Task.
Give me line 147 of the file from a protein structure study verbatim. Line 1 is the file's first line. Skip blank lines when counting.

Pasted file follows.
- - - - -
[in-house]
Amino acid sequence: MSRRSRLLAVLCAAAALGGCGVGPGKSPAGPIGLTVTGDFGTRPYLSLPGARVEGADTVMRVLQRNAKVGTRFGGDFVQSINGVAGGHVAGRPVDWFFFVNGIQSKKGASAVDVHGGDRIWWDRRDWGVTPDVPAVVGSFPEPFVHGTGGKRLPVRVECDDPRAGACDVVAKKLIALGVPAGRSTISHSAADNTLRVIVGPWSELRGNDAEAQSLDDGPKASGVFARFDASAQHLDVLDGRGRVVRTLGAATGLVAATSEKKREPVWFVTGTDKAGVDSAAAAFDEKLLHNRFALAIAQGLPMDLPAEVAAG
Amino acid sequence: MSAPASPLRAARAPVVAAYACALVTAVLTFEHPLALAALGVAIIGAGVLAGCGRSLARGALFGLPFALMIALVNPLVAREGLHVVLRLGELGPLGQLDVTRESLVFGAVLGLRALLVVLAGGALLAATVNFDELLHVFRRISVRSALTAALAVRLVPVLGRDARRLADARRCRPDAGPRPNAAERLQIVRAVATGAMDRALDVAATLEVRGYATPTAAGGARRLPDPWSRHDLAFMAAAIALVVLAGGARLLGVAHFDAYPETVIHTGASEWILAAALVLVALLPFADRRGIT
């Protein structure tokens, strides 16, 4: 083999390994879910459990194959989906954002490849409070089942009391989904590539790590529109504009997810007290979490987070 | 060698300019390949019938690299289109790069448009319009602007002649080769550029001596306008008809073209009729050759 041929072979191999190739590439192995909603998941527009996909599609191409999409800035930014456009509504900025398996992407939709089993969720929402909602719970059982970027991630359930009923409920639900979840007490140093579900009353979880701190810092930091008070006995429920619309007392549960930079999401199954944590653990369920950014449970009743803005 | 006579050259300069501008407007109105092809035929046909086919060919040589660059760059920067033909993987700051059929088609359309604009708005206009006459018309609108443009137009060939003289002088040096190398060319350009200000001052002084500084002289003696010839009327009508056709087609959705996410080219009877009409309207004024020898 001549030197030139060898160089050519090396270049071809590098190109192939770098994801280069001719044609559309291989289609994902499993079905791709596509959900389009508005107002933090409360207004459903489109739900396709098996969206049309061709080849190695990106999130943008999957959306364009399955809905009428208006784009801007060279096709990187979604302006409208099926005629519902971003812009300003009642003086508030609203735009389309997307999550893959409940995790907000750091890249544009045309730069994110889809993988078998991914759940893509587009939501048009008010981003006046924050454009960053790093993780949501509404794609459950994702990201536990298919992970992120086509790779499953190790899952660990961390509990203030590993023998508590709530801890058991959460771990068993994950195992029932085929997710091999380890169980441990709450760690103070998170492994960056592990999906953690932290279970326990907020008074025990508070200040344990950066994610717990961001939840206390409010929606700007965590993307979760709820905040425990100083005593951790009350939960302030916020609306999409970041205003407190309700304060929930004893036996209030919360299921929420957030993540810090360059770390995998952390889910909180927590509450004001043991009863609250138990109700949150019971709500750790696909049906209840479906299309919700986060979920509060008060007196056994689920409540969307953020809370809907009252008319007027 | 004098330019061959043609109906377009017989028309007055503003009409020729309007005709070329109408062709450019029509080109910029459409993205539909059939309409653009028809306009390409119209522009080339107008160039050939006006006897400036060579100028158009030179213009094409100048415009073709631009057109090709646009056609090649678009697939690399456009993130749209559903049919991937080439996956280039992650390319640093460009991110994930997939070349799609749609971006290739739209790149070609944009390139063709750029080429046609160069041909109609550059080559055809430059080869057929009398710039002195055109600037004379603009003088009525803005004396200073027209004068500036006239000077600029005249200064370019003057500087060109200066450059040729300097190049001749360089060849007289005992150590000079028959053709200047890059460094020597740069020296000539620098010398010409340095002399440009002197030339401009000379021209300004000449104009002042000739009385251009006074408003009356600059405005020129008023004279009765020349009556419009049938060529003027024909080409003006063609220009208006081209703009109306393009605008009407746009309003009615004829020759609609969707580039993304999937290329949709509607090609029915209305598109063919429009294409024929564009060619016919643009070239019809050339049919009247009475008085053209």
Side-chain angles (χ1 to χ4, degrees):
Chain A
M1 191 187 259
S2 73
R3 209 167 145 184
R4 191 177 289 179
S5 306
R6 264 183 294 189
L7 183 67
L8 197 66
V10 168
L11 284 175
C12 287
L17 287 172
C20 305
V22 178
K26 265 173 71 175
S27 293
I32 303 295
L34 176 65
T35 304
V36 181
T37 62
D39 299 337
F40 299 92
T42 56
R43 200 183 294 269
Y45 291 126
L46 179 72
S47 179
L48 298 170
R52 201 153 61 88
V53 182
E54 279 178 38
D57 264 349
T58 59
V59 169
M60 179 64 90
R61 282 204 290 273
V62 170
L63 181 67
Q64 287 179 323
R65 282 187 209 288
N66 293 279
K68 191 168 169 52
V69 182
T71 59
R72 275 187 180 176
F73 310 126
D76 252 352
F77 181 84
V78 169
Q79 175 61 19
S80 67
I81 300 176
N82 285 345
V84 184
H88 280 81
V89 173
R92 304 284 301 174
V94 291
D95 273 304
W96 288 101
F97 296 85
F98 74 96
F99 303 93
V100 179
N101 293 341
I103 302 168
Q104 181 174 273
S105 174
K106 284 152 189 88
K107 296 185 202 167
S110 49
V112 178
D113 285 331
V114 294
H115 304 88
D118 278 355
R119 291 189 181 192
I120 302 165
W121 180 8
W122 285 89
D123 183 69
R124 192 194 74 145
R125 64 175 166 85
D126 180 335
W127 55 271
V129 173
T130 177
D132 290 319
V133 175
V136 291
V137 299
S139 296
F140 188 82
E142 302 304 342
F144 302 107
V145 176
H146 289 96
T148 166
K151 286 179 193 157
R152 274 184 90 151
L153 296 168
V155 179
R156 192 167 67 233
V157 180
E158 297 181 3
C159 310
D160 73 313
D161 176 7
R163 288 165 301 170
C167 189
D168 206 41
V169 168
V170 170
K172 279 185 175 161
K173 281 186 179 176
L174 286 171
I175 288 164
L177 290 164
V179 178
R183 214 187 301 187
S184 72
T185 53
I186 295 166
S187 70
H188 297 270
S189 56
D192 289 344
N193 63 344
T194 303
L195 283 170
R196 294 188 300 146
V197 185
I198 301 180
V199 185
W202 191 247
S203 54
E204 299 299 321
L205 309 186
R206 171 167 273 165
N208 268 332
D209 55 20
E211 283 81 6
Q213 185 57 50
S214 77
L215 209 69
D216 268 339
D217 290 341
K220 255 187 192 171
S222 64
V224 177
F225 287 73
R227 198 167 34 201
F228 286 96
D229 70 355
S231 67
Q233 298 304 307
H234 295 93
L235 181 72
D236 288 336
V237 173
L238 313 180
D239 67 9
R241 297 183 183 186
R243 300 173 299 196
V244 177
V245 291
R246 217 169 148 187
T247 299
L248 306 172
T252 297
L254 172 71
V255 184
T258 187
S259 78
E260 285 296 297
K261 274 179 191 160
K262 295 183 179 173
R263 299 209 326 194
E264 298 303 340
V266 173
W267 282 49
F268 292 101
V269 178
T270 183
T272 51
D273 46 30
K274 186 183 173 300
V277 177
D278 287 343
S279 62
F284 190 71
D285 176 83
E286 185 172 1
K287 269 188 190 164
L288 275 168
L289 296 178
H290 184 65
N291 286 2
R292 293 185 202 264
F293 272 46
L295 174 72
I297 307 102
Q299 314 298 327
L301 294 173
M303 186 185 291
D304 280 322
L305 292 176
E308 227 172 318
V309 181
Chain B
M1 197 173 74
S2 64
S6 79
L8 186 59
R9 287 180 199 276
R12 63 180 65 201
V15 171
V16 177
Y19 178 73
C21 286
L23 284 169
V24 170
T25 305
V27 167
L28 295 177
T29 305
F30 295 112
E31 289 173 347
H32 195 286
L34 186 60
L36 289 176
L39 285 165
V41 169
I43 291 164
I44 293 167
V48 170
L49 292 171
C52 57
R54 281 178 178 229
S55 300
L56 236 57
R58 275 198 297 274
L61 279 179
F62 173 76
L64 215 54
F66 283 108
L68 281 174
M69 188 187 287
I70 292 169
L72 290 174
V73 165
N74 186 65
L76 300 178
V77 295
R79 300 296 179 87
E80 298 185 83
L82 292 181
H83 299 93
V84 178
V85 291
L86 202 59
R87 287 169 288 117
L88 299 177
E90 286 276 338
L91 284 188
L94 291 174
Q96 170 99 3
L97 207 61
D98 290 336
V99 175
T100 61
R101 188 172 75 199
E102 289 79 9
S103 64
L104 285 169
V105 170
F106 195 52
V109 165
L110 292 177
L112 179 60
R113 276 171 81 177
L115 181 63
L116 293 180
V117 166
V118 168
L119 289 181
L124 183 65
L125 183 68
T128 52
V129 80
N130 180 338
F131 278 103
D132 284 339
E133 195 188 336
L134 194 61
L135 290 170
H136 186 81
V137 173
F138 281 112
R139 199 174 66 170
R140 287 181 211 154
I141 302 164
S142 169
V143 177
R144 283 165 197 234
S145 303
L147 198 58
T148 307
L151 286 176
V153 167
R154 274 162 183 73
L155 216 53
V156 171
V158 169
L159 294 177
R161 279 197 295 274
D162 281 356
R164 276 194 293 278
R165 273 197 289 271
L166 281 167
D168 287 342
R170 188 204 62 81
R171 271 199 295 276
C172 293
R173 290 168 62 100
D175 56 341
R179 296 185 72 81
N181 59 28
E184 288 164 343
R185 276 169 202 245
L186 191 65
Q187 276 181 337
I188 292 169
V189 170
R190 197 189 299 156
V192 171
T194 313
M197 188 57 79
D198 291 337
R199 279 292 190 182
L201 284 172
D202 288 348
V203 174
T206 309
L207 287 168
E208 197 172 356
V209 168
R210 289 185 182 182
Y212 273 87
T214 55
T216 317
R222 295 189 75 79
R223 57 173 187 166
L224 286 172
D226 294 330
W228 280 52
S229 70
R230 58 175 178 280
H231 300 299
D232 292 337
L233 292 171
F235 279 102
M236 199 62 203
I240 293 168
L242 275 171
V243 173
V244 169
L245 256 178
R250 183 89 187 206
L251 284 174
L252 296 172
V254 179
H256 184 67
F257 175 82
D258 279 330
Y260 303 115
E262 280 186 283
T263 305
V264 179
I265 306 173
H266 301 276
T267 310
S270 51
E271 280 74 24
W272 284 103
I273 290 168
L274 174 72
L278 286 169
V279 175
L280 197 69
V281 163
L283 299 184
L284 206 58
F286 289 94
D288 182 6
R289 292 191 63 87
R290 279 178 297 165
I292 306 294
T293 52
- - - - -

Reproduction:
N208 268 332